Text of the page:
Two Plays About War, With Ghosts and Cyborgs

Bob Rusch in "Reset"
Bob Rusch in "Reset"
Photo by Andrew Shaffer

According to the dictionary, a ban can be a prohibition, a proclamation or a malediction. According to This is Banned, playwright Samantha Macher’s riddling duo of antiwar one-acts, it can also be the object of one of the darker paradoxes of what it means to be human.

The bomb-blasted set (by co-director Jonathan Price) and desert fatigues worn by the disabled cyborg soldiers (Jeff Alan-Lee and Bob Rusch) of “Reset” — who spend the play discussing their programmed fears and hopes and instinct to survive — suggest a war and form of warfare not unlike that waged by the U.S. in the Middle East.

The Old Dark House-like setting (un-credited) and Victorian garb (by costumer Samantha Carro) of “Winchester” signifies something more gothic and historically distant — in this case, the burden of guilt literally haunting the Winchester gun company widow (Chera Holland) in the form of a grisly specter (Carmen Flood) whose life was taken by the “Gun that Won the West.”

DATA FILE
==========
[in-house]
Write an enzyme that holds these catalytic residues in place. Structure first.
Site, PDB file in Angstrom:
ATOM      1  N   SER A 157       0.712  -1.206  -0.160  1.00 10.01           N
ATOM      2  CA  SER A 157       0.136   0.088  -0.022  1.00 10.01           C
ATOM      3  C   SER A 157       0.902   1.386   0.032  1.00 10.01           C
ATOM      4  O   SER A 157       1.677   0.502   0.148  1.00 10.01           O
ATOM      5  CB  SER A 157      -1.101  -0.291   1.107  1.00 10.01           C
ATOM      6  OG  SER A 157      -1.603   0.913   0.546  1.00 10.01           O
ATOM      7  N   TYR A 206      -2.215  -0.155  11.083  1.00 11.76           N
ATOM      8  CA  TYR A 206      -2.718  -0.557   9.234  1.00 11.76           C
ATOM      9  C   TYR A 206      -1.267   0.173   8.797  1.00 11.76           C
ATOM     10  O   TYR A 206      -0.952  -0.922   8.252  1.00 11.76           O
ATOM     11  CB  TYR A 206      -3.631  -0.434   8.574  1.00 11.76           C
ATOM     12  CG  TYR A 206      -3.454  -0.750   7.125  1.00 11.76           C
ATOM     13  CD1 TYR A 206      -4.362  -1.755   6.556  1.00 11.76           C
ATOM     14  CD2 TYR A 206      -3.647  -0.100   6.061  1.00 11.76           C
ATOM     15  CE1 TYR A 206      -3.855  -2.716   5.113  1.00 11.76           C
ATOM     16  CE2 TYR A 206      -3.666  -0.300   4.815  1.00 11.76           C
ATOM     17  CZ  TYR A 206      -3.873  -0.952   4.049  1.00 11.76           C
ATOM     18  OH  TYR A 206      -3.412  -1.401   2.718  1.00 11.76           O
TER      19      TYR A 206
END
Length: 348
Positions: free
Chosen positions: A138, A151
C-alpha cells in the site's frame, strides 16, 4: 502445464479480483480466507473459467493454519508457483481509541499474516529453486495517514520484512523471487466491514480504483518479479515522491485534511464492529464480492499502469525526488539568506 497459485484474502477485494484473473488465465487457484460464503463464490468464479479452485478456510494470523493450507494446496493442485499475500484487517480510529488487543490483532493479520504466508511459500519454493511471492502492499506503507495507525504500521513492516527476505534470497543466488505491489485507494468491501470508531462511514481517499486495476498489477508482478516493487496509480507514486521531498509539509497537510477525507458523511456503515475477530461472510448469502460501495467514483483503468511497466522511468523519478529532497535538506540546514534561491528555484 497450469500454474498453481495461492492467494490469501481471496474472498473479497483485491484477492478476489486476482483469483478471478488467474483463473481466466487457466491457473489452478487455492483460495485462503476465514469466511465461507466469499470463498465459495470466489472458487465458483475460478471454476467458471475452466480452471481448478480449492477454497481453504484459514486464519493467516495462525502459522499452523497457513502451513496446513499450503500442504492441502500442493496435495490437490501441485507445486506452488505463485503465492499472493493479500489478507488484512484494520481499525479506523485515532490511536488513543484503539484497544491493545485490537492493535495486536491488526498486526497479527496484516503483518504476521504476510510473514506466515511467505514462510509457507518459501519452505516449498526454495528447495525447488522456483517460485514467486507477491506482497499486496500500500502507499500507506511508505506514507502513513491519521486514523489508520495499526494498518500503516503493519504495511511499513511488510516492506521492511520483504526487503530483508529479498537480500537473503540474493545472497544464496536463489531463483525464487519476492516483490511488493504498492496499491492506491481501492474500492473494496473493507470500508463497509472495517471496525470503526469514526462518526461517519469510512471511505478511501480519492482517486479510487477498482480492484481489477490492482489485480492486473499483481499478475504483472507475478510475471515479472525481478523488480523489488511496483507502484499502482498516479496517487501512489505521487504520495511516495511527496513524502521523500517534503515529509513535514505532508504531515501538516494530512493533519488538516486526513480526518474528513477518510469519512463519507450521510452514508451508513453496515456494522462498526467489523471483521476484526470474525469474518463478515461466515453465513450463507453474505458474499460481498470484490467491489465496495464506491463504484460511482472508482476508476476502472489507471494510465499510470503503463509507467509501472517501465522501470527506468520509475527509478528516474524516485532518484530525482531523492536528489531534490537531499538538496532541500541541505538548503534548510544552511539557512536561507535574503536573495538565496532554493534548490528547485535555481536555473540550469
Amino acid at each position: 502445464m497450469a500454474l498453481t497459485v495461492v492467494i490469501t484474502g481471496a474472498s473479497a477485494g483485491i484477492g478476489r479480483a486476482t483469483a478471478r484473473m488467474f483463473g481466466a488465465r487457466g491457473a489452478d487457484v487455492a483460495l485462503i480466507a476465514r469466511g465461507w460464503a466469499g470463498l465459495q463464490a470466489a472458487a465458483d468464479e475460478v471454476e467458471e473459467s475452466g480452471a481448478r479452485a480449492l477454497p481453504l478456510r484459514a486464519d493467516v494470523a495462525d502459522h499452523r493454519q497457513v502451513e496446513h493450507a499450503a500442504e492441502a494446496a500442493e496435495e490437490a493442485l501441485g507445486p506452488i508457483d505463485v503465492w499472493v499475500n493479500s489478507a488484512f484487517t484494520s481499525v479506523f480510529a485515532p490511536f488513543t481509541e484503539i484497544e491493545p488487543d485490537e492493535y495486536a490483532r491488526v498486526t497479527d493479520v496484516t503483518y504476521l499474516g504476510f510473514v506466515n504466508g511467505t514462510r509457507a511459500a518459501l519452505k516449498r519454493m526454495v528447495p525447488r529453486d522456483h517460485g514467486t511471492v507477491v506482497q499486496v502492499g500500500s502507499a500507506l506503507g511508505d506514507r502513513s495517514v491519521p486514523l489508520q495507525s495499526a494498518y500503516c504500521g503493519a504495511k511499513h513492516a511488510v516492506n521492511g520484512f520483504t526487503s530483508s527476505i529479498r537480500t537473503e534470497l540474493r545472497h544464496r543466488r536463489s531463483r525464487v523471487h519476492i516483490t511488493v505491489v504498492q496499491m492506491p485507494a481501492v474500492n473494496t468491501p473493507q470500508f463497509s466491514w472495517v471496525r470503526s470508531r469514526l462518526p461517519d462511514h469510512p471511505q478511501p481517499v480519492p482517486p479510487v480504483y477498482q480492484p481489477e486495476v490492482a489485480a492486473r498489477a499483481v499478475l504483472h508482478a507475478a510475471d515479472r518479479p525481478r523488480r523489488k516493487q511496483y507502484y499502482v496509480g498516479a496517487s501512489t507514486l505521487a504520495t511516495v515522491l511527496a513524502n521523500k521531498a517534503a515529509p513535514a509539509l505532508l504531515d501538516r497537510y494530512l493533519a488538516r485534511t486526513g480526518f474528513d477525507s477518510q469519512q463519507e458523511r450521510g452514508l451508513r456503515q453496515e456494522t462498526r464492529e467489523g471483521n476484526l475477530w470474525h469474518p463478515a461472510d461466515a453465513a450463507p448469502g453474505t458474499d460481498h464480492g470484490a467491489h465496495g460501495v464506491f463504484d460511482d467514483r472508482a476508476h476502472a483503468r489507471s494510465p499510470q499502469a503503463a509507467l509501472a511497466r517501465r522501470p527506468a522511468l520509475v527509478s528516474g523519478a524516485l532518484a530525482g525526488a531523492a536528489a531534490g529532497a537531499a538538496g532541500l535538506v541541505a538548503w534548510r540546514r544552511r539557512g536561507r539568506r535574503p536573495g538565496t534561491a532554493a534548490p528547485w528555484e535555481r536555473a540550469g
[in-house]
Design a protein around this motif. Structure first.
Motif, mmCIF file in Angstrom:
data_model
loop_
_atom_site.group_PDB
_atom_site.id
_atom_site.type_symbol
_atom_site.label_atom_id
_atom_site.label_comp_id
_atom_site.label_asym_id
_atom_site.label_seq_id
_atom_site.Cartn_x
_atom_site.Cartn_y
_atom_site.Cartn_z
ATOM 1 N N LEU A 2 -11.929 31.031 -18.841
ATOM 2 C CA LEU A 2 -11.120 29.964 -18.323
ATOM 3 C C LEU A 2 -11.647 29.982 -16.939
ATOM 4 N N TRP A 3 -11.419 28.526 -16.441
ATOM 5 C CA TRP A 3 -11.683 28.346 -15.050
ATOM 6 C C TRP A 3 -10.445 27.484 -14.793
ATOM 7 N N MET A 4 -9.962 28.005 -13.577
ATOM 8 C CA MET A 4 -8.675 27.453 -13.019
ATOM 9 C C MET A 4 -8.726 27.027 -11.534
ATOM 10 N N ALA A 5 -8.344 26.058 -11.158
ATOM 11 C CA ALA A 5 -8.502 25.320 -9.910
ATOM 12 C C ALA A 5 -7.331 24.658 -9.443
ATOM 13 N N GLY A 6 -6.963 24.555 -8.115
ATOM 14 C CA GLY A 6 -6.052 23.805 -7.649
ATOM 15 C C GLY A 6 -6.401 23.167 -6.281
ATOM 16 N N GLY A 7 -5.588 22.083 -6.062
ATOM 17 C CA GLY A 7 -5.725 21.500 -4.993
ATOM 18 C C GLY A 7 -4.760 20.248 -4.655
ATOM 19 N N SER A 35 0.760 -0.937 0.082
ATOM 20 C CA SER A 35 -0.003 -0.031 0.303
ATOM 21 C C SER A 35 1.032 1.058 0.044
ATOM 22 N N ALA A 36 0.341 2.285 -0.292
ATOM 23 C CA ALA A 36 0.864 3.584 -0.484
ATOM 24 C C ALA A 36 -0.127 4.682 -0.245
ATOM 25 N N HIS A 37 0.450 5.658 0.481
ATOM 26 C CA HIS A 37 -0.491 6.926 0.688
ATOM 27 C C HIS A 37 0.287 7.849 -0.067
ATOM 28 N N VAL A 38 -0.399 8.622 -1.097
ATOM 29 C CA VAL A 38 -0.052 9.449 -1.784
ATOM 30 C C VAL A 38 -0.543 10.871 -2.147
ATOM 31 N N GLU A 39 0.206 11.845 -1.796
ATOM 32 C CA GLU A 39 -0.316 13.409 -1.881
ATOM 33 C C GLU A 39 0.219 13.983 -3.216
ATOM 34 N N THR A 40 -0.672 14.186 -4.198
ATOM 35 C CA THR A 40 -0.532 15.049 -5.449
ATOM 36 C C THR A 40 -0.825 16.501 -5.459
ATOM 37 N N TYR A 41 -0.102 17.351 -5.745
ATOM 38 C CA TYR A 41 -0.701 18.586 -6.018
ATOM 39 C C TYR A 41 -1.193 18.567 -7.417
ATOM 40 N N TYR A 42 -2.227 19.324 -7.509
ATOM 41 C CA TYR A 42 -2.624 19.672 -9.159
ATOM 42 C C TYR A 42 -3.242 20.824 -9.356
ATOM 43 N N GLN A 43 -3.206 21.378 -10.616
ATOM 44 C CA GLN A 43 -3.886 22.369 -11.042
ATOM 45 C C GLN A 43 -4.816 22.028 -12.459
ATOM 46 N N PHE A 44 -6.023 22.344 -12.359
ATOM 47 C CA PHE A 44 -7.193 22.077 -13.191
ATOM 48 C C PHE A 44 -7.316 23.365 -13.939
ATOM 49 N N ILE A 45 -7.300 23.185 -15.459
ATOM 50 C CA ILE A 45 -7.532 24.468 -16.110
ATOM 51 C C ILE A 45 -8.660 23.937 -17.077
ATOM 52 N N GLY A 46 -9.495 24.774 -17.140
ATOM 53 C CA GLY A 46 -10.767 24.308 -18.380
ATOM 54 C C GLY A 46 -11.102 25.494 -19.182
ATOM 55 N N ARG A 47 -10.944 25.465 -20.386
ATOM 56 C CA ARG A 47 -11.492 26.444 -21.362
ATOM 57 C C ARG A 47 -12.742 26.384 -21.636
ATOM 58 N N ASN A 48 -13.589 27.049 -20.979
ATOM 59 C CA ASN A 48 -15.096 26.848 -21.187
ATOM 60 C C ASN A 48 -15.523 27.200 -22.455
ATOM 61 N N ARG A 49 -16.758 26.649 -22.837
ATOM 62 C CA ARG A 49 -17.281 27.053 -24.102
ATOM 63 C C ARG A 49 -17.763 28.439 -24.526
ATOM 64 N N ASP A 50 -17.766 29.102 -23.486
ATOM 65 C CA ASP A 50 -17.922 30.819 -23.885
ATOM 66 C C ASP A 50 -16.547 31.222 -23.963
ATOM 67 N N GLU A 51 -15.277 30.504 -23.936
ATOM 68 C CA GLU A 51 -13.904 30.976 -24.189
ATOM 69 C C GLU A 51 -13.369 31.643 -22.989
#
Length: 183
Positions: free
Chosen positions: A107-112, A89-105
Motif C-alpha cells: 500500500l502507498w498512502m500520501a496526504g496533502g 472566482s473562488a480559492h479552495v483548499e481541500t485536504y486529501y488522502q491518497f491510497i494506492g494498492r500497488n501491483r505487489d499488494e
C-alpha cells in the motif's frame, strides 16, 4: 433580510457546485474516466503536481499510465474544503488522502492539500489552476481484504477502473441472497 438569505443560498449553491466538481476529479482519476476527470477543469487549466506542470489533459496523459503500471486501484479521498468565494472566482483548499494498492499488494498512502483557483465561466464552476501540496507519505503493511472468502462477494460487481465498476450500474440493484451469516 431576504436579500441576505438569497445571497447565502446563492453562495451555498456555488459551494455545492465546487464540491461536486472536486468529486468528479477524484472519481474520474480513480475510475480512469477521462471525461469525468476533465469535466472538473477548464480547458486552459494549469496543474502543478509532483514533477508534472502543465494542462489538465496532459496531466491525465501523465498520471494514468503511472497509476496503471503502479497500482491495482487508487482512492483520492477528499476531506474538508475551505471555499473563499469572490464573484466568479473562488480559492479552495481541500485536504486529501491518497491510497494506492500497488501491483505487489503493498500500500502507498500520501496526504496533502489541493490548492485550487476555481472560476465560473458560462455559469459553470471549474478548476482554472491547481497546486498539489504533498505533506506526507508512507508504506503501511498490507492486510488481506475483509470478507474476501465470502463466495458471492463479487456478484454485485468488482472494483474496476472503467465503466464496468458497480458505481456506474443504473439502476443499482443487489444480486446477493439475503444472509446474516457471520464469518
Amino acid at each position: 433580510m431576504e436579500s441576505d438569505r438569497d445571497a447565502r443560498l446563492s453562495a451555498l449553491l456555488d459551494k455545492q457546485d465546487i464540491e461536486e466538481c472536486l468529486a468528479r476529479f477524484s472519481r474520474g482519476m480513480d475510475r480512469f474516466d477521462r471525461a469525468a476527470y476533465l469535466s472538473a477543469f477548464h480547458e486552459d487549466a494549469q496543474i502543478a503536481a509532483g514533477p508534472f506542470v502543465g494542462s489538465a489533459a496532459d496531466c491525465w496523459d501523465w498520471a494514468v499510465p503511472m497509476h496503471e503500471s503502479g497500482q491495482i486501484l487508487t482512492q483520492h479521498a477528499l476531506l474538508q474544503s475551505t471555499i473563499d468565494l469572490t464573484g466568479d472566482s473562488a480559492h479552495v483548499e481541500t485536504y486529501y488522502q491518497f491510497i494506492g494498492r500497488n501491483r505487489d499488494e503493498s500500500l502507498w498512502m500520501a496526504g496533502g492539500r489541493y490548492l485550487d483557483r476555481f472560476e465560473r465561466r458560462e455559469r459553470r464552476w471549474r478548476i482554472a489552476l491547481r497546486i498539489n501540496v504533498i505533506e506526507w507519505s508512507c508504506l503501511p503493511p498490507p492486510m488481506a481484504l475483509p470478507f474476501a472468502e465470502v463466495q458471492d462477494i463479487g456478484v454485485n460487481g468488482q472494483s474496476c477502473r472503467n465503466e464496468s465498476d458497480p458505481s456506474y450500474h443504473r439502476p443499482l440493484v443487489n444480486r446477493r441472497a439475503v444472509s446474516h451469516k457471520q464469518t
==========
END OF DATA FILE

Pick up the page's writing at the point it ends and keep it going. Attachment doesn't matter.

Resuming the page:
Though directors Price and JR Esposito prove far more self-assured with sci-fi than horror, their ungainly staging of the latter cannot fully obscure Macher’s thought-provoking meditation on the fragile denial that enables humankind’s most destructive of impulses.

A Theater Connection and SkyPilot Theatre Company production at NoHo Actors Studio, 5215 Lankershim Blvd., NoHo; through November 29. (800) 838-3006, atheatreconnection.com.


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